Duty to defend
Allocation of defence costs


Insureds which suffer a loss may find that they are covered by multiple insurance policies for that loss. Such situations can arise inadvertently, or the existence of multiple overlapping policies may be by design. For example, the prudent insured may have purchased several distinct types of coverage, one or more of which overlap to cover a risk. Or the insured may have required another entity to name it as an additional insured, while also having its own coverage for the risk. In the context of liability claims, having multiple insurance policies can cause disputes over which insurers have a duty to defend and, if more than one, how associated defence costs should be allocated. It is not uncommon for the insured to get caught up in these fights, although they most frequently involve disputes between the insurers.

Where a party is an additional insured, it will often have its own insurance that covers some or all of the claim. That other coverage may be intended to act as primary insurance or solely as excess to the other policy. For example, large retail vendors often require their suppliers to add them as an additional insured but will also have a corporate global programme intended to provide umbrella coverage.(1) There are also many different policy wordings that may add a party as an additional insured. That wording may have a direct impact on the scope of coverage afforded. For example, one common endorsement provides that the party is added only for vicarious liability which it may have for the acts of the named insured. Other wordings may extend to cover all liabilities arising from the named insured's activities. Others cover the additional insured for all forms of liability arising from the sale or distribution of the named insured's products (commonly known as a 'vendor's endorsement'). A consideration of the scope of coverage provided under these various wordings was discussed in an earlier article.(2) However, these various wordings underscore the importance of each policy's wordings.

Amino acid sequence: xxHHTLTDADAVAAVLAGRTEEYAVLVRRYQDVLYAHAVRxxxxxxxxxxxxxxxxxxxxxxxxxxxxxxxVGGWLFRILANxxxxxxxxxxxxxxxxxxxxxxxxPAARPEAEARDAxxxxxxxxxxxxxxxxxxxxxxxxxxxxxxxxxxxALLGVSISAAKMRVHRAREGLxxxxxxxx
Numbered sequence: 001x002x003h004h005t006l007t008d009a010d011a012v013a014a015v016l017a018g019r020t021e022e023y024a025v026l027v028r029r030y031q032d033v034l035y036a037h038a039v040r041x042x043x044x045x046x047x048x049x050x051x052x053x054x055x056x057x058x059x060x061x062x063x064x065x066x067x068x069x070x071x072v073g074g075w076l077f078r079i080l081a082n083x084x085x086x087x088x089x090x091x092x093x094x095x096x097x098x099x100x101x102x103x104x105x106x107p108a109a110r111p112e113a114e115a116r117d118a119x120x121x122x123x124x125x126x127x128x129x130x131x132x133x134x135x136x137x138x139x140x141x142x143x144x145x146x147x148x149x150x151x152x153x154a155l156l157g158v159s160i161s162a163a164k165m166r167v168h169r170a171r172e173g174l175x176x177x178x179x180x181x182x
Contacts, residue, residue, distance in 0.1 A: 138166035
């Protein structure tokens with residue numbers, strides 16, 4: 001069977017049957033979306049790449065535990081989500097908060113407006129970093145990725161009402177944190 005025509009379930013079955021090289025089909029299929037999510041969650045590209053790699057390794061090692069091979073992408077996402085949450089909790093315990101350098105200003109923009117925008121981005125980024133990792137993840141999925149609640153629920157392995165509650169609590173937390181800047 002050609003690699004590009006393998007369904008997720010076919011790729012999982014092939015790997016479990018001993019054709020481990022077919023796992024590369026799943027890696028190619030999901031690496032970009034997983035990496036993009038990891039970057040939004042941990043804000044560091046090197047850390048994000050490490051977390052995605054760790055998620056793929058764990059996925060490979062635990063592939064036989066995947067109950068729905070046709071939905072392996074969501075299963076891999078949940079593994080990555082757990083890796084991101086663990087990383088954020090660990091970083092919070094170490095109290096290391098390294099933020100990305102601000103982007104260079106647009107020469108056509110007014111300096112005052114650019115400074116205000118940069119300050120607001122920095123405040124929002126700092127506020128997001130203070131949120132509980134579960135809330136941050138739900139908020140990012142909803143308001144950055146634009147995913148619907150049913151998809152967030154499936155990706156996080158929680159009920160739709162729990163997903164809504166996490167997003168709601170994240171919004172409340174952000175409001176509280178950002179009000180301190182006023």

A number of issues may arise with the duty to defend, where there are overlapping or concurrent insurance policies – namely:

  • identifying situations of overlapping or concurrent coverage;
  • how courts resolve overlapping or concurrent coverage absent a clause in one or more of the policies that deals with the issue;
  • how courts resolve overlapping coverage where there is one or more 'other insurance' clauses; and
  • how courts apply these principles to the allocation of defence costs.

This article focuses on the last of these issues.

Duty to defend

As the risks associated with the legal liability of an insured include the risk of defending a costly lawsuit, even if the insured successfully defends such a lawsuit, liability policies often contain a clause requiring the insurer to defend claims against their insureds even when such claims are groundless or false. If there is even a mere possibility that the true nature of the pleaded claim, if proven at trial, falls within coverage and would trigger the insurer's duty to indemnify the insured, the duty to defend is triggered.(3) Even if the claim is proven false, the insurer cannot later ask the insured to reimburse the defence costs, as the duty to defend applied to the false claim.